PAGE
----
It's been a while since I've been inside a 7904, but I'm sure it has some accessible power-supply test points. With power off and the plug-in not installed, measure the resistance of each test point to ground. Then, with the power still off, insert the plug-in and measure the test points again. They may measure under 100 ohms, but should not be under 10 ohms. This should identify which supply the plug-in is shorting and suggest which caps on the plug-in to look for. Tantalums don't always show external distress when they short so dont rely on a visual check.

--
Bob Haas














Ed Breya
 

For 7K plug-ins, you can do it on the bench, just the plug-in alone, opened up for access. Probe around with an ohmmeter and check across each Ta cap for short or very low R, and mark any that show this. Also check for signs of overheating of series Rs and Ls in the power supply buses. Don't worry about which supplies and caps are which, or that you can't necessarily see or access every Ta in there. Go for the easy stuff first. After you've marked any bad ones, lift one lead - un-solder or clip close to the board (leaving some lead to tack it back) - and check the part itself, and at the board pads. Often, more than one part spot will show bad because there may be several caps on the same bus, and any one bad will cause all of the spots to show the same. Then you just figure out which ones are actually shorted and remove. Don't replace any until the plug-in can fire up and operate without crashing the mainframe. If you can't find any easy ones to blame, you'll have to dig deeper and look for more. In my experience, shorted Ta caps in plug-ins are almost always on the +/- 15 V supplies - that's where they're used the most. Also, don't be surprised if another cap shorts after fixing. Sometimes they chain react, where eliminating the shorted one allows the supplies to return, and the next weakest one pops, and so on. I remember once in an EIP counter, I had about half a dozen or more Ta caps on the +5 V supply light up and burn, one after another - after clipping the burnt one, the next would go within a minute or so.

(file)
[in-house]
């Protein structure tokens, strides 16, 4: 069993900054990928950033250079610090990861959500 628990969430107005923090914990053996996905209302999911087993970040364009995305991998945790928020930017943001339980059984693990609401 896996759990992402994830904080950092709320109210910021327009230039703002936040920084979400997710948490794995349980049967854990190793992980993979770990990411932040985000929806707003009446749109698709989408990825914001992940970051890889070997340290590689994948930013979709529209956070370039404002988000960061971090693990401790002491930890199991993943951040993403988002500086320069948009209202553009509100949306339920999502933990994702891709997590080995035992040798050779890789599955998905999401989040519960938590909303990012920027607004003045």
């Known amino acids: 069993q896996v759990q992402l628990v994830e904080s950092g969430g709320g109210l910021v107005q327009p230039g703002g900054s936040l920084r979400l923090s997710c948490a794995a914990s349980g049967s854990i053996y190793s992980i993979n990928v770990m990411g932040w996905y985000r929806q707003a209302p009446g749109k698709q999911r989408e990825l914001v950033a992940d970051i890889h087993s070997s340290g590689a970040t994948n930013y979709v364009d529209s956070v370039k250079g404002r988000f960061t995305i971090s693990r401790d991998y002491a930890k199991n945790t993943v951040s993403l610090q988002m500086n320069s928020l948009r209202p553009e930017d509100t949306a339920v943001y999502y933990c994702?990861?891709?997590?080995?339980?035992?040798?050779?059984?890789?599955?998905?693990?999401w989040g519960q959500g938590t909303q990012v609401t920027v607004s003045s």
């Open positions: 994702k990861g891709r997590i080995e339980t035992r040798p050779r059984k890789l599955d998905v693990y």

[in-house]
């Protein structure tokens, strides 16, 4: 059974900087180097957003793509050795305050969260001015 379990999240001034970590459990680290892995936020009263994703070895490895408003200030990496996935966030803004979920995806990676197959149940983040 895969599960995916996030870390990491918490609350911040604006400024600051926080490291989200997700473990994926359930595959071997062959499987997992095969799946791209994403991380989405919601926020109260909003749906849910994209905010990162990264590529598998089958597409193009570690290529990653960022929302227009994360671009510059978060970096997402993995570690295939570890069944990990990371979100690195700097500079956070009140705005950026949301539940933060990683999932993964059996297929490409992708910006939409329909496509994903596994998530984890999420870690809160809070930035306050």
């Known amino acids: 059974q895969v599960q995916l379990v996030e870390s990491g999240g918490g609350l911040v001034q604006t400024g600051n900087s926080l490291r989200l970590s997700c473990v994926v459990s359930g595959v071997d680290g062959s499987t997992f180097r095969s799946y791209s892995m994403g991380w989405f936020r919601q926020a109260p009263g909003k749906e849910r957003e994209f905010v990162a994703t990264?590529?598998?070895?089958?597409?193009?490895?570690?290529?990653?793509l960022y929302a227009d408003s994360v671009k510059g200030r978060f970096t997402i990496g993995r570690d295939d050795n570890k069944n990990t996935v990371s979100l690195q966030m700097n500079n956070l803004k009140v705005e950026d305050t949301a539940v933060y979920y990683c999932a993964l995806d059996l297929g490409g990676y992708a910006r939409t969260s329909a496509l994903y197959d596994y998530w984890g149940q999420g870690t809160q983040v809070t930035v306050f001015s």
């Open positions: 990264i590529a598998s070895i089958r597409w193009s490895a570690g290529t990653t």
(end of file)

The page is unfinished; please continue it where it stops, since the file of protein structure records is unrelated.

Ed


Eric
 

If I remember correctly there is a separate small 5V rail especially for the lamps and lights. You have to add the connections for a 7603. As it does not have it. Most likely this is what is being dragged down. It wont effect the scope. I have bad news on the trigger light though If I remember correctly that is driven from a custom tech IC. I had one of those burned out in an A plugin it did share the IC with a 485 of which I had a parts unit for. If you are looking for shorts on the main 5V supply I do not think you will find them. At least for the lamps.

Eric

-----Original Message-----
From: TekScopes@groups.io <TekScopes@groups.io> On Behalf Of Dave Daniel
Sent: Sunday, February 7, 2021 1:43 PM
To: TekScopes@groups.io
Subject: Re: [TekScopes] Tektronix 7b92a shuts down crt & graticule illumination on 7904 mainframe

Ummm... I’m not sure hot-plugging a 7xxx plug-in is a good idea since they were not designed for that. The result will depend on the sequence of contact between the plug-in board fingers and the 7904 connector contacts when the plug-in is inserted (hint: they will not all make contact at the same time).

All hot-plug systems of which I am aware have different length pins/fingers which serve to control how the circuits on the hot-pluggable board are activated as well as active circuitry to protect things during power-up.

DaveD

On Feb 7, 2021, at 12:07, robeughaas@gmail.com wrote: